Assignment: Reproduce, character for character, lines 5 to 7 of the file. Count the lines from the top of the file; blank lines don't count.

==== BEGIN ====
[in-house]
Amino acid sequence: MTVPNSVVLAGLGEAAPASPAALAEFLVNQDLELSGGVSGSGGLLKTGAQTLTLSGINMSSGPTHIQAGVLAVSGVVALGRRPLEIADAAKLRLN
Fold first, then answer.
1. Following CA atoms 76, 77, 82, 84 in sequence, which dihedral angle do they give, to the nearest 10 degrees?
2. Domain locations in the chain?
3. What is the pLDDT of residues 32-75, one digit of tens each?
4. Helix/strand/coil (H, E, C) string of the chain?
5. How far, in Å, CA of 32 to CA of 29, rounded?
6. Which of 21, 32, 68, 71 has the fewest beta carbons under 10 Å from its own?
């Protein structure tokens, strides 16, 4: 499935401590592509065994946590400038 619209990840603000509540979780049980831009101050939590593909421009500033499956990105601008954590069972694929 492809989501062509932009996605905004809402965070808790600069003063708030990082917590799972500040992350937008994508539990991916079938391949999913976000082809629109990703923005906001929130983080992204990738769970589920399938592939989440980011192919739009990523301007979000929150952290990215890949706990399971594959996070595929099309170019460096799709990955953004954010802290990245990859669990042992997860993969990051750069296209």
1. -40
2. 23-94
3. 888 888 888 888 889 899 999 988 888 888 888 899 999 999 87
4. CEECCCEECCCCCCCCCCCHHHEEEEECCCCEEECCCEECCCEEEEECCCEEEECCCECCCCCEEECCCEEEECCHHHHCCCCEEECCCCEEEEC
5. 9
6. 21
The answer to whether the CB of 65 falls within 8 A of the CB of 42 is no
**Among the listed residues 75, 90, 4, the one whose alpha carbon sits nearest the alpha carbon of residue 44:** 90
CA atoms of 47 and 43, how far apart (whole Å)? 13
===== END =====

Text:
2. Domain locations in the chain?
3. What is the pLDDT of residues 32-75, one digit of tens each?
4. Helix/strand/coil (H, E, C) string of the chain?